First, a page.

It should be noted that Davion Mitchell seems like as much of a defensive pitbull as he was when he was drafted, even if he is only 6’0” tall. That’s nice I guess?
The addition of a big wing like Murray is a sight for sore-eyes, and his pairing with Harrison Barnes should provide at least average defence. The bench depth at the forward positions, however, continues to be lacking.
Quite possibly the most talented roster in recent franchise history will now be led by their 13th coach since the 2006 season, the aforementioned Mike Brown. Brown is the second former-Golden State Warriors assistant that the Kings have poached, after the car crash that was Luke Walton’s run at the helm ended with Walton’s firing halfway through last season.
Brown’s career to this date has been marred by being chewed up and spit out by the NBA media due to the almost unfair expectations of coaching LeBron James and Kobe Bryant teams over ten years ago. He has done his due diligence since then, riding the bench as an assistant coach of several good NBA rosters to get back to where he is now.
His supposed talent is his ability to coach defence, the thing this roster is not built to do. Pairing an offensive roster with a defensive coach makes sense on paper to a child. In practice, with adults? It often leaves a lot to be desired.
You start to see how the Kings’ synergy begins to dissipate as we delve further into the overall structure of the roster and franchise.
The slew of win-now moves, seemingly positive decisions with most likely negative outcomes, only tell half of the story.
With the league deeper with talent than it has ever been, the Kings, year after year, continue to feel like the odd one out.
The return of injured stars for the Nuggets, Trail Blazers, Pelicans and Clippers will bolster their already superior rosters over the Kings. The Timberwolves have created what should be a regular season juggernaut with their addition of Rudy Gobert, and the Lakers should win more games than they did last season because LeBron James still feels as inevitable as the Kings’ chances for failure.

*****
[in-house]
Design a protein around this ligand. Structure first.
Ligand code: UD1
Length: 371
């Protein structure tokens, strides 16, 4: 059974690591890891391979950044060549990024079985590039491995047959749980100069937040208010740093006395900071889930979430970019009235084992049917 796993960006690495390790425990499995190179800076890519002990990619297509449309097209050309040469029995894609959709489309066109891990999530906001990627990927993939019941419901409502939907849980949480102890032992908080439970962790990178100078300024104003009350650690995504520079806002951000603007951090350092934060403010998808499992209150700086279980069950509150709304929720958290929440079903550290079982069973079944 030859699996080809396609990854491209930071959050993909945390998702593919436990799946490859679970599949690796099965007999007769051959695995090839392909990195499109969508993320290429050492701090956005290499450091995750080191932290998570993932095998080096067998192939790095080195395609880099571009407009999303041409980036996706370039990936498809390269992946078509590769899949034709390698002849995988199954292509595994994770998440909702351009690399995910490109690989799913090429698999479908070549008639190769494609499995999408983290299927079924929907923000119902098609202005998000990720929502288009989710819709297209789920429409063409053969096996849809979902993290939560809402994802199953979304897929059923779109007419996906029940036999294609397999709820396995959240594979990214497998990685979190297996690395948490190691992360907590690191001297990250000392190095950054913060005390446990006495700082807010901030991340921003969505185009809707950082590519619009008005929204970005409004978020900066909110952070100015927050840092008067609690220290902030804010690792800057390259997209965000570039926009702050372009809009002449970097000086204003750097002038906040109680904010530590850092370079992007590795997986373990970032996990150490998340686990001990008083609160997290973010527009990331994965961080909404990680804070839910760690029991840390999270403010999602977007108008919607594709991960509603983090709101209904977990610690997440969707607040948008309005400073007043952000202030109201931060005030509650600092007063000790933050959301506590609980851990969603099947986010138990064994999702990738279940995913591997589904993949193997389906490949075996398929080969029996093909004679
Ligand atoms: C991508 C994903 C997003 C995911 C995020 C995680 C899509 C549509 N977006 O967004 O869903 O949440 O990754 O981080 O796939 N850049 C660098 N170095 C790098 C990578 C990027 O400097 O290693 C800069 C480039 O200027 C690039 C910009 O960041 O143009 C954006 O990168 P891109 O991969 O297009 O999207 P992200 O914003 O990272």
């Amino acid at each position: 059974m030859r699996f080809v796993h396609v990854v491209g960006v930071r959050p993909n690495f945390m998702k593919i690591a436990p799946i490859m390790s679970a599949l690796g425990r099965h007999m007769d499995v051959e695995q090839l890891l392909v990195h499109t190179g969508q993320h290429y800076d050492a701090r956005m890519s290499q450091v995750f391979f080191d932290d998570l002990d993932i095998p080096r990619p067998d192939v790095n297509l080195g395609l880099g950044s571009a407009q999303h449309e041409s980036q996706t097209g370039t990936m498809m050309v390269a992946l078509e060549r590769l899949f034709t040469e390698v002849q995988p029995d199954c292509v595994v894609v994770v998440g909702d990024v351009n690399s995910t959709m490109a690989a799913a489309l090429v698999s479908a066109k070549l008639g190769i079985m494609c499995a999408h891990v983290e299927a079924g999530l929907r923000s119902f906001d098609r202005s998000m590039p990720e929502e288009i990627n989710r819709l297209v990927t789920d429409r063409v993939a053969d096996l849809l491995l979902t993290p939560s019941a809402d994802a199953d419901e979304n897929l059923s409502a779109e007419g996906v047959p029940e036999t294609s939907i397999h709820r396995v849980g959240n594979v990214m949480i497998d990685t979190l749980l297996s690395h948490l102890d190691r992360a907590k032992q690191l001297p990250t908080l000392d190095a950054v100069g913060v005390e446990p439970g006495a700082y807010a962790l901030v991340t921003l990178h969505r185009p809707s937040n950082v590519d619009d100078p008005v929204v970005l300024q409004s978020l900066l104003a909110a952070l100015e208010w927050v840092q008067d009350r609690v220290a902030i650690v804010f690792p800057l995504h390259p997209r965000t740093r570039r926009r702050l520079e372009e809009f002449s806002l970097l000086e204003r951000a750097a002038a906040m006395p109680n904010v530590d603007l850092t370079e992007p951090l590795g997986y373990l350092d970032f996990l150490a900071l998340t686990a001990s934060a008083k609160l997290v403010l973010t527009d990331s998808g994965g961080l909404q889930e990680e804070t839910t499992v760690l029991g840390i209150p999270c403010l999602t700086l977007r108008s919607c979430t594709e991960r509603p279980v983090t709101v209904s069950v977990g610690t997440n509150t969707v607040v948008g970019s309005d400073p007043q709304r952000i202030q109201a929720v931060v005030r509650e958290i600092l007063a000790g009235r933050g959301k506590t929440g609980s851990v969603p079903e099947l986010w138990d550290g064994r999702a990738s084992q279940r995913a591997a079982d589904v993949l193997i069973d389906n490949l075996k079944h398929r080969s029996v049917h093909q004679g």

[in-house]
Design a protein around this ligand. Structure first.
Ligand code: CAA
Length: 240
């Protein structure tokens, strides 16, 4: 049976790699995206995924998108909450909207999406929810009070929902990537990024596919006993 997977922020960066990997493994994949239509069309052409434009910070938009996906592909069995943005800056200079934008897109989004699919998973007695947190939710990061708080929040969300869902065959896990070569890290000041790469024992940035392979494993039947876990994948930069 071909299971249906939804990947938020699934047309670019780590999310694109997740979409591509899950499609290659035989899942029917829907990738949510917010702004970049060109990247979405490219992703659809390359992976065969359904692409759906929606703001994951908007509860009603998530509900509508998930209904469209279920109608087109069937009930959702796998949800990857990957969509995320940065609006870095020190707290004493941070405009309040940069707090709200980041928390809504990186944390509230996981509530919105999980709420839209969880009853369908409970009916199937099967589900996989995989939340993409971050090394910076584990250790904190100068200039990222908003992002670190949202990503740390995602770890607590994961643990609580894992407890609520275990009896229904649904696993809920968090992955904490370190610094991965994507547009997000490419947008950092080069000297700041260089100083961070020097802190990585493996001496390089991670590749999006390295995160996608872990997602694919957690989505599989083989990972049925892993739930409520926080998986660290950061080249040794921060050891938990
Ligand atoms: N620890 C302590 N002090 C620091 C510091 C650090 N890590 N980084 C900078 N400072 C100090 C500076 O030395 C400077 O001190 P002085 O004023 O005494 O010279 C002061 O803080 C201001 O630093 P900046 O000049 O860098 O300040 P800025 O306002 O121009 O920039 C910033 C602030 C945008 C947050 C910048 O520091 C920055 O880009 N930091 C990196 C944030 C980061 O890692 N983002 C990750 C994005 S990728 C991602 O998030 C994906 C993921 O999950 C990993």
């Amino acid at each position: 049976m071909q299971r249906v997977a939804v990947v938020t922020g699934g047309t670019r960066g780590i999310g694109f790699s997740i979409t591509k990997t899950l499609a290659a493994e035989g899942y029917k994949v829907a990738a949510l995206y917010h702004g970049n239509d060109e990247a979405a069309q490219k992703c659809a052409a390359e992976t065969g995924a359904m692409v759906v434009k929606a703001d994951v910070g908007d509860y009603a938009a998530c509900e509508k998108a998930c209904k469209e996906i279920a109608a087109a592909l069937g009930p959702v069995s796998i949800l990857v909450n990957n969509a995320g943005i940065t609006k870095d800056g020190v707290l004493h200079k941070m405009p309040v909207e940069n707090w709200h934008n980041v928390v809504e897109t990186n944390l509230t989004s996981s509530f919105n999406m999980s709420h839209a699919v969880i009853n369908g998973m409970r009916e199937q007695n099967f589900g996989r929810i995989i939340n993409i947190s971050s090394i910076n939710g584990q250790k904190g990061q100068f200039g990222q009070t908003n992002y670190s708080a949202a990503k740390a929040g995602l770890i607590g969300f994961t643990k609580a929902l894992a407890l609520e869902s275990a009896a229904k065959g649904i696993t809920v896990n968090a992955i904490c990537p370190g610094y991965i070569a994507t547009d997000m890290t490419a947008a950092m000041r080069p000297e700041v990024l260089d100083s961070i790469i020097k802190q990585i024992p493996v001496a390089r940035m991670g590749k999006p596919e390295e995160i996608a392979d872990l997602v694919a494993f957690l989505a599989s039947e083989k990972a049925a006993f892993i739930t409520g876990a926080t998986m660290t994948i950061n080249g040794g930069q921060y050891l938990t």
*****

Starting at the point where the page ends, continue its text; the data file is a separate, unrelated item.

With only the Jazz and Spurs looking to lose a few more games, the Kings’ outlook still looks like it is peaking as the tenth seed in the Western Conference, squeezing into the play-in and getting knocked out by a more deserving franchise.
This is all without mentioning the more feisty and talented Eastern Conference teams that can steal much needed wins from the Kings.
So we return to the initial question: what the heck are we doing here?
Year upon year, it becomes increasingly difficult to support a franchise that shoots itself in the foot at every step of the process.
Tying all of your assets to a roster that will peak in the play-in tournament is as stupid to type into Microsoft Word as it is to do in practice, but here we are.
Any semblance of positivity is swiftly shot down by a new story in the media about the mismanagement by ownership, disagreement in the front office or a peculiar side-hustle from an otherwise likeable player.
What we are doing here is sitting through a vicious cycle of pain to say we stuck by a team for the sake of sticking by them, the silly tradition of a loyal sports fan.
With not even a ray of light at the end of the tunnel, I am beginning to wonder more and more why the heck we are doing this at all.